• If you can’t grow your own visit a local allotment and offer to help in exchange for vegetables and fruits.
  • Forage – we are not experts in this in any way, but have picked wild berries and wild garlic.

    Paleo on a budget tip 3: Make your meals go further

    Making meals go as far as they can used to be something everyone did… my grandparents would always have dripping on the counter and use up bones to make stock. It went out of fashion for a while but with the Paleo diet and lifestyle, these things have come full circle.
  • A large chicken can make us (family of 4) 3 main meals – day one is a roast, with loads of veggies, day two is either a chicken curry like this one or stew, and by day three when there’s not much meat left we’ll make our version of Mom’s chicken soup – plenty of broth and veggies with small pieces of the final leftover chicken. If we really can’t get any more chicken meat off the bone, we’ll boil up the bones to make broth and use it as a base for vegetable or our favourite roasted squash soup.
  • The same goes for any other bones too – we put leftover bones from, say beef short ribs or chicken wings, in the freezer and when there’s a bag full we’ll use them to make broth for either drinking or adding to the base of stews and soups.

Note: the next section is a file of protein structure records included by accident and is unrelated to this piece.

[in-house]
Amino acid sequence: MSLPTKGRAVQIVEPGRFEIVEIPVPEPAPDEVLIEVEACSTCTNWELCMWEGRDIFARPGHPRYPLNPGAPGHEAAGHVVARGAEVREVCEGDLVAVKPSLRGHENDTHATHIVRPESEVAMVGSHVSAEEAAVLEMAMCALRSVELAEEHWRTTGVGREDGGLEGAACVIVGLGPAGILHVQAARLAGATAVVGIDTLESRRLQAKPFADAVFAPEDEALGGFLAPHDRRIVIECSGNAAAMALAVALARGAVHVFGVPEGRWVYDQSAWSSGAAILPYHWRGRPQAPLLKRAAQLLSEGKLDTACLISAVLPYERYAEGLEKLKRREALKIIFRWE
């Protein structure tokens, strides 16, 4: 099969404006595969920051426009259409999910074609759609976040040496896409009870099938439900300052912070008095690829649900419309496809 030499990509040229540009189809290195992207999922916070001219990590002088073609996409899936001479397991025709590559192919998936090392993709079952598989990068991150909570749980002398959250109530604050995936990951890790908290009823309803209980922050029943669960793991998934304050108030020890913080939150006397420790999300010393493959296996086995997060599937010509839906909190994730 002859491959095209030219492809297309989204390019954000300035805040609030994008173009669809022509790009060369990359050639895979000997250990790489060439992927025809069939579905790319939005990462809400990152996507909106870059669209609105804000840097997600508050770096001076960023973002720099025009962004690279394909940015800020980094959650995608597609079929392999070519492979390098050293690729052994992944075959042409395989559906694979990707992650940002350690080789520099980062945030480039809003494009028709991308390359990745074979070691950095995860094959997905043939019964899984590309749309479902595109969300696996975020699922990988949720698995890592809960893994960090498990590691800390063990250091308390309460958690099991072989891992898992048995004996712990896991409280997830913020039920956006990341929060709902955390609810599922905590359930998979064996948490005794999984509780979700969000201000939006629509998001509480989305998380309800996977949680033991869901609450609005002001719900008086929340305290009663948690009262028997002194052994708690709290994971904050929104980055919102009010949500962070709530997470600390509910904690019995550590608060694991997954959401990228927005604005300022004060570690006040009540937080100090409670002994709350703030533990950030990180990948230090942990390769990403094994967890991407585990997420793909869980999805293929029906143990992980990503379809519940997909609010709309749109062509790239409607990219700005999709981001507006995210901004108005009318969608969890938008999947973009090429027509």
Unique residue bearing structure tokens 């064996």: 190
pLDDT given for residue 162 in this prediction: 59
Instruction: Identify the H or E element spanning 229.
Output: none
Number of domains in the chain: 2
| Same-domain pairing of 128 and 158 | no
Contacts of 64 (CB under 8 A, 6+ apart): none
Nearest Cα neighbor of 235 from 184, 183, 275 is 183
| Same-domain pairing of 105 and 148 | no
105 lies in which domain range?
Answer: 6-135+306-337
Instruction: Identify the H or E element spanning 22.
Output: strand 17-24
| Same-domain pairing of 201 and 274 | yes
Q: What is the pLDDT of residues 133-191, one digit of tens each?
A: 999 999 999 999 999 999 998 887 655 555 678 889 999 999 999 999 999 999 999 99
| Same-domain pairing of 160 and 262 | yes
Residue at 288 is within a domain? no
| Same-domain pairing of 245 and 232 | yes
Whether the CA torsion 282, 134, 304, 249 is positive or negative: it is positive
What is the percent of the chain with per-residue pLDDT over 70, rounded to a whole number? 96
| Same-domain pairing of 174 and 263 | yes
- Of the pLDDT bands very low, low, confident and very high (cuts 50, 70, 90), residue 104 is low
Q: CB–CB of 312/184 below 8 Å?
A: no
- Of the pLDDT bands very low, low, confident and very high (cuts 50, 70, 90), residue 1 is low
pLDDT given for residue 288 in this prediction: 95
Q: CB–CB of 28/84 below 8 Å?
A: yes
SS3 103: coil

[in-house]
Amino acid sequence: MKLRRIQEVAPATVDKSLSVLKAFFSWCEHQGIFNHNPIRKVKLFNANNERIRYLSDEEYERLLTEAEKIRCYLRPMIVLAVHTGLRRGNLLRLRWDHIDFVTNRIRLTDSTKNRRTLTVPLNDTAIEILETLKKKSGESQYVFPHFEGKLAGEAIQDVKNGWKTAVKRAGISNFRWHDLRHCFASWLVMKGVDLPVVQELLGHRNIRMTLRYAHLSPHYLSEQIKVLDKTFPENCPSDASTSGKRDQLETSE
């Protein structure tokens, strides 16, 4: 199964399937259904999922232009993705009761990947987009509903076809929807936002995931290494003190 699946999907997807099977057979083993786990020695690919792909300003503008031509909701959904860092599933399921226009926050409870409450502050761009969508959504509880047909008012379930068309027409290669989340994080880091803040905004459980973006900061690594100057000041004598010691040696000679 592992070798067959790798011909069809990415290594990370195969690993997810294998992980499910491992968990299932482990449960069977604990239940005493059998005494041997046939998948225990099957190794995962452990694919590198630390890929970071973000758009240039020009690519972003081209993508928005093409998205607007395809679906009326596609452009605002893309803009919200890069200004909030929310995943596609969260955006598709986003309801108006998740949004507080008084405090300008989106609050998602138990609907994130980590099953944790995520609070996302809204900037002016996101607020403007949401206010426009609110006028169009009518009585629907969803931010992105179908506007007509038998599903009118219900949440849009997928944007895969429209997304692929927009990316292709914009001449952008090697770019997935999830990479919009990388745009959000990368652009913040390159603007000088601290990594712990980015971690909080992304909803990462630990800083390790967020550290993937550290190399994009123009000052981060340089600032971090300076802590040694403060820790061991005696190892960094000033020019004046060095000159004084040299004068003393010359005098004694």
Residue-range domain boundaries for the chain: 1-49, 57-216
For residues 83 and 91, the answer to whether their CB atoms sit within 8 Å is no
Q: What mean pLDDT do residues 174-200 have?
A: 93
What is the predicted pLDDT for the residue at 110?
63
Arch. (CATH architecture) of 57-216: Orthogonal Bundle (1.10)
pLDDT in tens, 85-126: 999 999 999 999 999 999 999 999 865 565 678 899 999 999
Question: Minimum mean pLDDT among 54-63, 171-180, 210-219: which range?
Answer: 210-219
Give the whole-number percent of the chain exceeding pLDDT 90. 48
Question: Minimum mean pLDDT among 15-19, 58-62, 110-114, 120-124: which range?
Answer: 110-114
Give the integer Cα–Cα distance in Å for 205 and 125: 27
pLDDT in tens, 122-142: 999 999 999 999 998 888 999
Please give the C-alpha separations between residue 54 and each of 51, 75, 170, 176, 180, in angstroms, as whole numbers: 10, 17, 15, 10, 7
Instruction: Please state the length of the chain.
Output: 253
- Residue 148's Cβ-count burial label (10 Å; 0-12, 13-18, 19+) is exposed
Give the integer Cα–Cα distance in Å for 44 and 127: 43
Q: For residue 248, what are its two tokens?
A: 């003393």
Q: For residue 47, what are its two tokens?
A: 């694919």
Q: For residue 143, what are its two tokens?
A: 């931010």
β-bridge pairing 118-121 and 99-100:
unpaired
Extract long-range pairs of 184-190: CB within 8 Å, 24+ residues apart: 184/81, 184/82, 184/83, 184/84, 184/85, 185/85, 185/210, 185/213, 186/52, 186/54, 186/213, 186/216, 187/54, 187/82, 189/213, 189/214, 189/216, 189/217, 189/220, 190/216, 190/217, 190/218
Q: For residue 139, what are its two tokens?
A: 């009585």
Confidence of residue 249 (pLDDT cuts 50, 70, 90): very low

• Use up any vegetables at the end of the week and make a big pot of soup that can make lunches for a week (freeze in portions if needed).
  • Any veggies that you don’t use up can also be put in a bag in the freezer to make vegetable stock or to add to the pan when you’re making your bone broth.
  • Make a version of ‘Paleo pesto’ with any leaves you have which won’t get used up.  This can also be frozen in ice cube trays ready to drop into any meals such as cauliflower rice, soups, over meat or fish – however you like your pesto! (We have used spinach, wild garlic, rocket and kale in the past and the kids didn’t seem to notice!)